In 1661, Hedwig Eleonora was considered a possible consort for King Charles II of England. Noting came of it, however, as she refused the proposal: the official ground for her refusal was that she claimed that she wished to remain faithful to her dead husband. In 1667, the young nobleman Count Carl Gyllenstierna (1649–1723), was made Chamberlain to Hedwig Eleonora. He became the favourite of Hedwig Eleonora,[19] served as her courier during the Scanian War, was promoted General-Governor of her dower lands in 1679 and was given the title of count in 1687. Carl Gyllenstierna was the favourite of Hedwig Eleonora and has been pointed out as her lover, and although this is not confirmed,[20] he his swift career at court was attributed to his good looks.[21] There is a legend that the residence of Gyllenstierna, Steninge Palace, was built with a secret passage from his bedroom to the bedroom in the so-called Queen’s Wing, which was used by Hedwig Eleonora during her frequents visits. During her later years, Hedwig Eleonora was criticized for her favourite, Anna Catharina von Bärfelt, whose influence led to an open conflict with Gyllenstierna. Bärfelt was known for taking bribes from supplicants to the Queen Dowager and rumoured to steal from Hedwig Eleonora. Gyllenstierna made an ultimatum and asked Hedwig Eleonora to choose between him and Bärfelt, which eventually led to Bärfelt being banished from court after Gyllenstierna had formed an alliance with Christina Piper, Beata Sparre, the Mistress of the Robes Märta Berendes, Arvid Horn and the court chaplain Molin.[22] The night before her departure, Gyllenstierna had to door to Hedwig Eleonora’s bedroom locked to prevent Bärfelt from contacting the queen dowager.[23]

Hedwig Eleonora corresponded with her German relatives and often entertained them as guests: she raised her niece Magdalena Sibylla of Hesse-Darmstadt as her foster child, as well as her late husband’s niece, Juliana of Hesse-Eschwege. The latter was long unofficially understood to be the future queen by marriage to Charles XI when he became an adult, but the plan was abandoned when Juliana gave birth to a child outside of marriage (1672). Hedwig Eleonora had Juliana sent to the country side, but when she had a second child, she was forcibly married to the father and expelled.

Hedwig Eleonora had a very close relationship with her son, Charles XI, who “kept himself to her completely and unreservedly”.[24] She accompanied him during his trips around the country, and during the Scanian war, she often stayed in Vadstena, where he visited her from the war front, to be closer to him.[25] Even after her son’s marriage to Ulrike Eleonora of Denmark, she essentially kept her position as the first lady of the court. Charles XI referred to his mother as “The Queen” or “Her Majesty the Queen My Dear Lady Mother” and to Ulrike Eleonora simply as "My Wife". Foreign ambassadors, mindful of this, always paid their respects to Hedvig Eleonora first, and then to Ulrike Eleonora. The hostility between and Holstein-Gottorp and Denmark also made the relationship between Hedwig Eleonora and her Danish daughter-in-law tense.[26] Charles XI regularly discussed the affairs of state with his mother, and while it does not appear that she purposely influenced him, he respected her opinions and usually followed them.[27]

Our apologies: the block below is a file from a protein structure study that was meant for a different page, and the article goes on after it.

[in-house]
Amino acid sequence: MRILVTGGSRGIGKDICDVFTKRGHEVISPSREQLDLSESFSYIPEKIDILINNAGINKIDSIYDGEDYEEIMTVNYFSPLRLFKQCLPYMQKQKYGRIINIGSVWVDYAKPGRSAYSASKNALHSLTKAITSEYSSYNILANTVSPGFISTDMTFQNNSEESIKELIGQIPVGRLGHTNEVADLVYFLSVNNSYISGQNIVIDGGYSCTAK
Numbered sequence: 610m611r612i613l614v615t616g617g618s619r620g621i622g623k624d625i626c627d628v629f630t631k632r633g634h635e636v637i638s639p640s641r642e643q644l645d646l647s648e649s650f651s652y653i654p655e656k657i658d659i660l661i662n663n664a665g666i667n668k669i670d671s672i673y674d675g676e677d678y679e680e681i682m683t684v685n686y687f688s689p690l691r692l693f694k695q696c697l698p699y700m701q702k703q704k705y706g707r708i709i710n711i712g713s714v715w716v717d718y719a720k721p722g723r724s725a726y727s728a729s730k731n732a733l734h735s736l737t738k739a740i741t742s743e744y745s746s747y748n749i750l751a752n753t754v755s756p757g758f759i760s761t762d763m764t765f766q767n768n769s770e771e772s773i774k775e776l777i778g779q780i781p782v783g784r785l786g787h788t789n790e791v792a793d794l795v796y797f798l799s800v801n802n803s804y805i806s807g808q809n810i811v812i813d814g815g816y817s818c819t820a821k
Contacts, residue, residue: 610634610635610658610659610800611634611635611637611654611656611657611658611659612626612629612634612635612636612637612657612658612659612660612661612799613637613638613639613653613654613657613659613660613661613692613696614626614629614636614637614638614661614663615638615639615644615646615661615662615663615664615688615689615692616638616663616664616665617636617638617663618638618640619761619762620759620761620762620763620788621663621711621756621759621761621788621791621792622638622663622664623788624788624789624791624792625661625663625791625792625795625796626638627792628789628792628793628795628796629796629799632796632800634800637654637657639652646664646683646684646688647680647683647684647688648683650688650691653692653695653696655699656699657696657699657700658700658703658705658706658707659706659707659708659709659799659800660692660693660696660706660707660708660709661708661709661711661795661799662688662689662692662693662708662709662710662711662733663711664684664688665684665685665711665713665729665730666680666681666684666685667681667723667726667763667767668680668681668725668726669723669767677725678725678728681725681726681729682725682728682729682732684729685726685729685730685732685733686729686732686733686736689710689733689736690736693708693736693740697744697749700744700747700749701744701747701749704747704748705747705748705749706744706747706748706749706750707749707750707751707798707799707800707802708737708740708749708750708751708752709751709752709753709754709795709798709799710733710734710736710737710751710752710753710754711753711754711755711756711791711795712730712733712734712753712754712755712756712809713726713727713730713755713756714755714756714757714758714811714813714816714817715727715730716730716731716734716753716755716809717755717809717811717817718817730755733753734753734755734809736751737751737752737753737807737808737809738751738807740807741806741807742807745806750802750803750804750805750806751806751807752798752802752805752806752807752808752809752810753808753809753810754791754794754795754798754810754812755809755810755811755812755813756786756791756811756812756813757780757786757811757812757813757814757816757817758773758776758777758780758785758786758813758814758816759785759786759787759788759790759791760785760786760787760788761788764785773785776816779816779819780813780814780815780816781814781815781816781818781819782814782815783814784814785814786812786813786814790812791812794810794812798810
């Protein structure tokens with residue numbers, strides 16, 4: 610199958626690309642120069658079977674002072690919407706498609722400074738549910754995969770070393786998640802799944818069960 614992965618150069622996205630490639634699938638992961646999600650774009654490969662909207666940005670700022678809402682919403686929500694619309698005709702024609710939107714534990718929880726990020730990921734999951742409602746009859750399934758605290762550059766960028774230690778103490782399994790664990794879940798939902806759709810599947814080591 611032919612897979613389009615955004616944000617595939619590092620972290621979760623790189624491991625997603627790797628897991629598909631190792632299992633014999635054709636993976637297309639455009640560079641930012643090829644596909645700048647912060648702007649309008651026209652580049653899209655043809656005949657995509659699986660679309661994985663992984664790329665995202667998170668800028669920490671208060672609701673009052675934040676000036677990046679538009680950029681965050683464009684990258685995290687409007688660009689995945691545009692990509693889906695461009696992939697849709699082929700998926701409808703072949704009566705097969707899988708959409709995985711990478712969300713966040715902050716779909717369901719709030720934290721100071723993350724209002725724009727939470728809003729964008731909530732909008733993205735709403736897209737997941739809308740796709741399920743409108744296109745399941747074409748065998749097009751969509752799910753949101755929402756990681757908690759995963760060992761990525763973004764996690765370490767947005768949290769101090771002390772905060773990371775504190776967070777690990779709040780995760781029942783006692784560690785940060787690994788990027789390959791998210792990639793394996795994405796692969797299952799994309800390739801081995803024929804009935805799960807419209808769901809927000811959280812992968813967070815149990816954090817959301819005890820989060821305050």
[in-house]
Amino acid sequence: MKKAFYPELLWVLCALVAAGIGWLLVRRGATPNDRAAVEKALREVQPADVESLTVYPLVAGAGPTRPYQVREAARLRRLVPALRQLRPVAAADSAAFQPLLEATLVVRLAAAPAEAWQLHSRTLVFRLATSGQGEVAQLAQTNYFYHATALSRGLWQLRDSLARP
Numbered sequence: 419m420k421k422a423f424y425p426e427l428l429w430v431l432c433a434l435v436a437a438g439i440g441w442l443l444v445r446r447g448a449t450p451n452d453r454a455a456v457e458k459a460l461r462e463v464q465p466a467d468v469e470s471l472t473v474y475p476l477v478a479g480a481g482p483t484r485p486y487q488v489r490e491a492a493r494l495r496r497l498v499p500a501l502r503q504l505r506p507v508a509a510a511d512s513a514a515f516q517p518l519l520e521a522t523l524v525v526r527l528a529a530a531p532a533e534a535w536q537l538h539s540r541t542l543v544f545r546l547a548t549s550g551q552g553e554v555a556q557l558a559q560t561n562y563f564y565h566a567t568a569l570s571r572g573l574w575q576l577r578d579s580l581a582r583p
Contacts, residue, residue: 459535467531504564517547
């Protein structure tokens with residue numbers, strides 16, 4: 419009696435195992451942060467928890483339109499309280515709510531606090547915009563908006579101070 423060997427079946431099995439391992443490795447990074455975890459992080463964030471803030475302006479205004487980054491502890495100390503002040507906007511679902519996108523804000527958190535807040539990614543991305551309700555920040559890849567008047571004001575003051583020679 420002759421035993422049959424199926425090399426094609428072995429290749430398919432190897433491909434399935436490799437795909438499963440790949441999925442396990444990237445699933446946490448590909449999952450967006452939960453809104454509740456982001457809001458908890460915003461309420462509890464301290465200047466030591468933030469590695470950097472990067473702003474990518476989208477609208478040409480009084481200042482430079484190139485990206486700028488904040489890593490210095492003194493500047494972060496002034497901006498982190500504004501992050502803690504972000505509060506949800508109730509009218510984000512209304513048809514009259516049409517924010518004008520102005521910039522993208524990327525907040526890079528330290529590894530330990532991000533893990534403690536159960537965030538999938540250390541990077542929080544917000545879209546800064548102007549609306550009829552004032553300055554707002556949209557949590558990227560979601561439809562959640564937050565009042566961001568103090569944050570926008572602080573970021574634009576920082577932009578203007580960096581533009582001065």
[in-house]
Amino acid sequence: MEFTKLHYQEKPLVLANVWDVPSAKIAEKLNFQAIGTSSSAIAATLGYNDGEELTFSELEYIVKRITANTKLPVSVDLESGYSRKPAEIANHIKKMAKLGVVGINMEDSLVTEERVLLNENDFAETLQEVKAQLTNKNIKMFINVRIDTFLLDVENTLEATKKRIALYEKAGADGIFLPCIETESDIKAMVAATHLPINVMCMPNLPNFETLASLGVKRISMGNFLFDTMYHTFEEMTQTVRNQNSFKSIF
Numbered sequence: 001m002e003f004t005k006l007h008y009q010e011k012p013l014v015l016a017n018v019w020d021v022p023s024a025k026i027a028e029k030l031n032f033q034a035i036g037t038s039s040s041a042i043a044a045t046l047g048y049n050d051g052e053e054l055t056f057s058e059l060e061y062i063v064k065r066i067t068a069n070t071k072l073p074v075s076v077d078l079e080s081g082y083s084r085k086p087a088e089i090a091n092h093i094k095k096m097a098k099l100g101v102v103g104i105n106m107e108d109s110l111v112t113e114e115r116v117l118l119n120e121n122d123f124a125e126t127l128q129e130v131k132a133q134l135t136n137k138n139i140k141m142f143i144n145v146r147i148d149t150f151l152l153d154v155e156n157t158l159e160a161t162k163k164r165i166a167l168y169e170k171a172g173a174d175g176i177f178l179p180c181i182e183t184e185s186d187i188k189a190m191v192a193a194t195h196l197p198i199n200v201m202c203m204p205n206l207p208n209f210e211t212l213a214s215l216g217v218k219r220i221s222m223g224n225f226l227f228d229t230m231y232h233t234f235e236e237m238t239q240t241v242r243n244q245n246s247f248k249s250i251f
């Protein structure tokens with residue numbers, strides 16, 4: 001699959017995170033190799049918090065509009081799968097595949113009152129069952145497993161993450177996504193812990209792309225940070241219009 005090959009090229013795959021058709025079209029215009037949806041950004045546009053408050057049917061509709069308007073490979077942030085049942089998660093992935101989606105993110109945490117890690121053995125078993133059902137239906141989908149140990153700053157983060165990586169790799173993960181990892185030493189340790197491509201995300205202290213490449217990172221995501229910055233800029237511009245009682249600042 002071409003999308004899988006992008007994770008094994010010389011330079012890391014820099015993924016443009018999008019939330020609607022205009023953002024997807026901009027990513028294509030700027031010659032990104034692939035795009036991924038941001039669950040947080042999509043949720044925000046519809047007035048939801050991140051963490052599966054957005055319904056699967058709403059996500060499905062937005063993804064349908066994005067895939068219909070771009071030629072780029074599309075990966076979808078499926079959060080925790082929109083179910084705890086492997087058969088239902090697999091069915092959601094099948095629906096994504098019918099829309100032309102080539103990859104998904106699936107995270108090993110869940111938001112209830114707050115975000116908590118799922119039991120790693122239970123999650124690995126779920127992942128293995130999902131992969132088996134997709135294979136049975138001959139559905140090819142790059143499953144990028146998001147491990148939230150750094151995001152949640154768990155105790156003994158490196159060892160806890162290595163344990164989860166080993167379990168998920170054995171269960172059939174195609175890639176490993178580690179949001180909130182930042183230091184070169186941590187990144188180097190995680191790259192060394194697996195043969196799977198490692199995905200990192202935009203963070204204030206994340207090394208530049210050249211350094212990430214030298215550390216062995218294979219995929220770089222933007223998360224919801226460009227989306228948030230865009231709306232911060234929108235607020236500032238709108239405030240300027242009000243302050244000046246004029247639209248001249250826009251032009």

Charles XI is believed to have been affected by his mother when he judged the Catechism of the Bishops Terseri, Spegel and Emporagi as heresy: it is known that Hedwig Eleonora especially disliked the catechism of Bishop Emporagi, because it defined women as property.[28] Also Charles XI decisions in the area of rank and art is believed to be influenced by her.[29]

Her grandson Charles XII had great respect for her. There is a well-known episode from the so-called Gottorp Fury, when Charles XII spent his time drinking and partying with his brother-in-law Frederick IV, Duke of Holstein-Gottorp. At one occasion, Charles XII encountered his grandmother in a state of drunkenness, upon which she gave him a long look and then turned her back to him. He reacted by emptying his coup and saying: “My Gracious Lady Grandmother is pleased to forgive me. From hereafter I will never more drink vine”,[30] a promise he kept. During the Great Northern War, she represented her absent grandson and received the foreign ambassadors in his place. According to their reports, she treated them with silence or could laugh at them.

Hedwig Eleonora was closest to her eldest granddaughter, Hedwig Sophia of Sweden, and after the death of Hedwig Sophia, she supported Hedwig Sophia’s son, Charles Frederick, Duke of Holstein-Gottorp, as heir to the throne after Charles XII before her youngest granddaughter, Ulrika Eleonora of Sweden.[31] The supporters of Charles Frederick also wished to have Hedwig Eleonora appointed regent during the minority of Charles Frederick, should he succeed. In 1713, however, she was forced to persuade Ulrika Eleonora to accept the position of regent during the absence of Charles XII.[32] She supported the marriage of Ulrika Eleonora to Frederick of Hesse with the thought that Ulrika Eleonora would then move to Hesse, which would make it easier for Charles Frederick to succeed to the Swedish throne.[33]